• Treasured for centuries by karate's top masters, the Bubishi is a classic Chinese work on philosophy, strategy, medicine, and technique as they relate to the martial arts.

  • The Bern Book is a travelogue, a memoir, a "diary of an isolated soul" (Darryl Pinckney), and a meditation on the myth and reality of race in midcentury Europe and America.In 1953, having left the US and settled in Bern, Switzerland, Vincent O. Carter, a struggling writer, set about composing a "record of a voyage of the mind." The voyage begins with Carter's furiously good-humored description of how, every time he leaves the house, he must face the possibility of being asked "the hated question" (namely, Why did you, a black man born in America, come to Bern?). It continues with stories of travel, war, financial struggle, the pleasure of walking, the pain of self-loathing, and, through it all, various experiments in what Carter calls "lacerating subjective sociology." Now this long-neglected volume is back in print for the first time since 1973.

  • "This is a very smart and soulful book. Jesse McCarthy is a terrific essayist." -Zadie Smith
    New York Times Book Review * Editors' Choice
    A supremely talented young critic's essays on race and culture, from Toni Morrison to trap, herald the arrival of a major new voice in American letters.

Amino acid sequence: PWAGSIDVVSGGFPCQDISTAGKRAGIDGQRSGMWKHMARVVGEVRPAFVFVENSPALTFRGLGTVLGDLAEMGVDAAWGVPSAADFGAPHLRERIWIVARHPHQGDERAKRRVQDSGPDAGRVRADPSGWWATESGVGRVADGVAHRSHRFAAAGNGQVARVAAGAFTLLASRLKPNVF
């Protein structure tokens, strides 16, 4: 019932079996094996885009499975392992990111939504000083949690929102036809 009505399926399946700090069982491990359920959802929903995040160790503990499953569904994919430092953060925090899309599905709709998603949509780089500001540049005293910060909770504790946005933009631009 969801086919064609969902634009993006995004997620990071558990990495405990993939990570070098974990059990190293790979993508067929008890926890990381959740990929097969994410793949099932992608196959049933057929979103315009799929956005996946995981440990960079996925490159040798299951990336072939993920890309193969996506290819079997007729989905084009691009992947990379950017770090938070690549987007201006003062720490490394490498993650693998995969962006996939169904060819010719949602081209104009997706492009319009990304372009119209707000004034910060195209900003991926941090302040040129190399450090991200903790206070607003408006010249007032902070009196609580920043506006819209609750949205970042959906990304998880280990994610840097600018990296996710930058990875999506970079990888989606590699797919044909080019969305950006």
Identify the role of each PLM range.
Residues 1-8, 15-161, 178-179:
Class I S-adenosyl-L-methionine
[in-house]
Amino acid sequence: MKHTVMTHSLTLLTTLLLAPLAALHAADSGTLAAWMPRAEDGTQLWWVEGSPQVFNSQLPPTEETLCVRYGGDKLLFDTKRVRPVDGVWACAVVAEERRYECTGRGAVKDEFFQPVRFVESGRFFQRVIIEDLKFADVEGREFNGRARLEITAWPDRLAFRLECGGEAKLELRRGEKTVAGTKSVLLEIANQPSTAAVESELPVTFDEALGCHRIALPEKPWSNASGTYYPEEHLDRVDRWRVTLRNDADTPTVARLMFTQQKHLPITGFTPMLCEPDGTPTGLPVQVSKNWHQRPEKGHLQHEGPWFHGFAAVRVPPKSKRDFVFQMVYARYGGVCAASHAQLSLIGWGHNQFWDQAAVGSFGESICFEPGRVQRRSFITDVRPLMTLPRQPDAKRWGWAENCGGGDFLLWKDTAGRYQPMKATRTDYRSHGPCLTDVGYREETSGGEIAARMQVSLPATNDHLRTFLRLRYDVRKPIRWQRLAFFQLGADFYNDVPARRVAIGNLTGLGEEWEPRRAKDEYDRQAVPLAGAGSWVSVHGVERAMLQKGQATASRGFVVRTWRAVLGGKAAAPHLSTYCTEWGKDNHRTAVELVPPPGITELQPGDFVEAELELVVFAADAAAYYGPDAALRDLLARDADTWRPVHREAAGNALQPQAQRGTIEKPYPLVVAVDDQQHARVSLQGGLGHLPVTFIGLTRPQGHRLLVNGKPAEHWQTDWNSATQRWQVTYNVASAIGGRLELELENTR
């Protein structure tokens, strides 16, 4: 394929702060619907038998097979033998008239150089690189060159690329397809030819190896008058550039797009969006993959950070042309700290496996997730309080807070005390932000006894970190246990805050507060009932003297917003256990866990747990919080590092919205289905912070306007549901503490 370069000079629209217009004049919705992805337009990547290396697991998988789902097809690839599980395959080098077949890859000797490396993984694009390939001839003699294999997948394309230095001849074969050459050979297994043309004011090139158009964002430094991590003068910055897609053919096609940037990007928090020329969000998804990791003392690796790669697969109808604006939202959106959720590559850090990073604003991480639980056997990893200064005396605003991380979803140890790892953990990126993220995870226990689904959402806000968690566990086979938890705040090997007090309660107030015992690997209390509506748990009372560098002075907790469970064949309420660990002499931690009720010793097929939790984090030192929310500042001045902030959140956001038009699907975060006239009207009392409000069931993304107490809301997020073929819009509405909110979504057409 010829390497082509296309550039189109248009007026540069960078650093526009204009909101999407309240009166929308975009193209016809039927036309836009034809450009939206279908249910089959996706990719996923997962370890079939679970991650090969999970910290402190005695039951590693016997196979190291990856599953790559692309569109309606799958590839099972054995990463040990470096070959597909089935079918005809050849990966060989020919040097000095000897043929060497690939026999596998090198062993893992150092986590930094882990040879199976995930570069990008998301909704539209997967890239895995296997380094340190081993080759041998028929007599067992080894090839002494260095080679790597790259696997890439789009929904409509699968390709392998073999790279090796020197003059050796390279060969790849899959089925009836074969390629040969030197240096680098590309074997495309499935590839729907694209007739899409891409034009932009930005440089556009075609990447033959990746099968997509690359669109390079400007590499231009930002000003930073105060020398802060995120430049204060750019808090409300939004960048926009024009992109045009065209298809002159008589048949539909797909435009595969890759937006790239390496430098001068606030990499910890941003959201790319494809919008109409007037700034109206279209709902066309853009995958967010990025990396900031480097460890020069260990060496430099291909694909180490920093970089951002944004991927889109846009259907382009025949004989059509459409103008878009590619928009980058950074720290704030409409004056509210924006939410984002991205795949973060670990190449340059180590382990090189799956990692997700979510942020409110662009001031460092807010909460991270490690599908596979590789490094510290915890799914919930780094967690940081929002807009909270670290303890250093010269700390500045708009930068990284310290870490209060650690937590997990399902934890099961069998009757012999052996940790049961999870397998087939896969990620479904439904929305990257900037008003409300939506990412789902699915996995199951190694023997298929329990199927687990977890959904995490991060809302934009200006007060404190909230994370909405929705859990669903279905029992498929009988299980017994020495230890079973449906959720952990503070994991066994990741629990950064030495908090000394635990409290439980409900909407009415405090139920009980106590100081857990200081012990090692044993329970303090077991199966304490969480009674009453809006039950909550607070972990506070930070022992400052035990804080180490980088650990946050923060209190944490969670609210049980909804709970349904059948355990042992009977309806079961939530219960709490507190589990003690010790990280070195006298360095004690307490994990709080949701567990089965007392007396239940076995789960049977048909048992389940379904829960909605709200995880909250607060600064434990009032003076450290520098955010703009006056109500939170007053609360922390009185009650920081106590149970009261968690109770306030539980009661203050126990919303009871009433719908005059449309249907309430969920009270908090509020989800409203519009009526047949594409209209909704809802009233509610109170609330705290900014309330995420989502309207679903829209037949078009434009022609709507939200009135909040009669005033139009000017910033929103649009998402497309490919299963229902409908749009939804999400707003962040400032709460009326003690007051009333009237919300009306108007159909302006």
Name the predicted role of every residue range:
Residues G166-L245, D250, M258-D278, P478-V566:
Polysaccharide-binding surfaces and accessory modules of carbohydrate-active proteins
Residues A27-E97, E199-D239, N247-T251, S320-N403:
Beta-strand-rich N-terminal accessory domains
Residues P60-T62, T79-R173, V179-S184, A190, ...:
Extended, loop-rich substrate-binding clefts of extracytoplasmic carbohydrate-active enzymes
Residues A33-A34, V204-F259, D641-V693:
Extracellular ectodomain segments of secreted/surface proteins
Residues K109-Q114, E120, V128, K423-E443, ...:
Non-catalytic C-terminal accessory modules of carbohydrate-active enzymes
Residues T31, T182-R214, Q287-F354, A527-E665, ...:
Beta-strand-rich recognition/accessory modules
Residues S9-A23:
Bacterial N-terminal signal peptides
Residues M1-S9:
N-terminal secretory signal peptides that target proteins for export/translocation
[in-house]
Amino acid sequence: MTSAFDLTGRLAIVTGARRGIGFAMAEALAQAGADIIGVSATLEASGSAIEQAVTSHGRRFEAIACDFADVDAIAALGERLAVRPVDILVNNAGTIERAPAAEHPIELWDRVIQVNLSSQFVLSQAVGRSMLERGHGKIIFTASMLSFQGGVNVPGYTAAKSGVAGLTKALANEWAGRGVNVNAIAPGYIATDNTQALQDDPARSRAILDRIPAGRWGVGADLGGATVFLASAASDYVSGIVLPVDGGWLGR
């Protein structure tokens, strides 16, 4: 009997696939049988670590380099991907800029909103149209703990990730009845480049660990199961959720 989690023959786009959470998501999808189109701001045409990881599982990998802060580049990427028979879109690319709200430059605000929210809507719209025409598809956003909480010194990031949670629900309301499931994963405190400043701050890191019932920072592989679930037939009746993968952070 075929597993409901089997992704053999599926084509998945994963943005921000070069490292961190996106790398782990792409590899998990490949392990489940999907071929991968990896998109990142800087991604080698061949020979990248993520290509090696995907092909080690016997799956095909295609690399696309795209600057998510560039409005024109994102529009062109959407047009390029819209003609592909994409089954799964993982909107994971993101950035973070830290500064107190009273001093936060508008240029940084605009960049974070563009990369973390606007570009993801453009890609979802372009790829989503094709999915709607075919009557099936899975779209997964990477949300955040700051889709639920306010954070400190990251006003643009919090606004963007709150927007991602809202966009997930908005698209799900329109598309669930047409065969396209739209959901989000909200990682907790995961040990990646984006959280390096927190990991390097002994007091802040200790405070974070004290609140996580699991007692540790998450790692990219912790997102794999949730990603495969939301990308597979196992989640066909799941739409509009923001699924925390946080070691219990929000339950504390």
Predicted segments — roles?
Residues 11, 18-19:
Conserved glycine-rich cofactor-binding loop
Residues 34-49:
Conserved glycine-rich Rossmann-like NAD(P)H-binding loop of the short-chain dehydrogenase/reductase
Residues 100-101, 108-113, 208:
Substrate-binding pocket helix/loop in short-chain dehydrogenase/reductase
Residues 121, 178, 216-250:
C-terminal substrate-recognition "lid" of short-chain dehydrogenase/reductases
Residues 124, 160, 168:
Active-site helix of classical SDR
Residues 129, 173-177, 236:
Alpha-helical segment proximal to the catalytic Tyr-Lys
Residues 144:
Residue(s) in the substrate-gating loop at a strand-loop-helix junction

• A supremely talented young critic's essays on race and culture, from Toni Morrison to trap, herald the arrival of a major new voice in American letters.

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  • The Bern Book is a travelogue, a memoir, a "diary of an isolated soul" (Darryl Pinckney), and a meditation on the myth and reality of race in midcentury Europe and America.In 1953, having left the US and settled in Bern, Switzerland, Vincent O. Carter, a struggling writer, set about composing a "record of a voyage of the mind." The voyage begins with Carter's furiously good-humored description of how, every time he leaves the house, he must face the possibility of being asked "the hated question" (namely, Why did you, a black man born in America, come to Bern?). It continues with stories of travel, war, financial struggle, the pleasure of walking, the pain of self-loathing, and, through it all, various experiments in what Carter calls "lacerating subjective sociology." Now this long-neglected volume is back in print for the first time since 1973.

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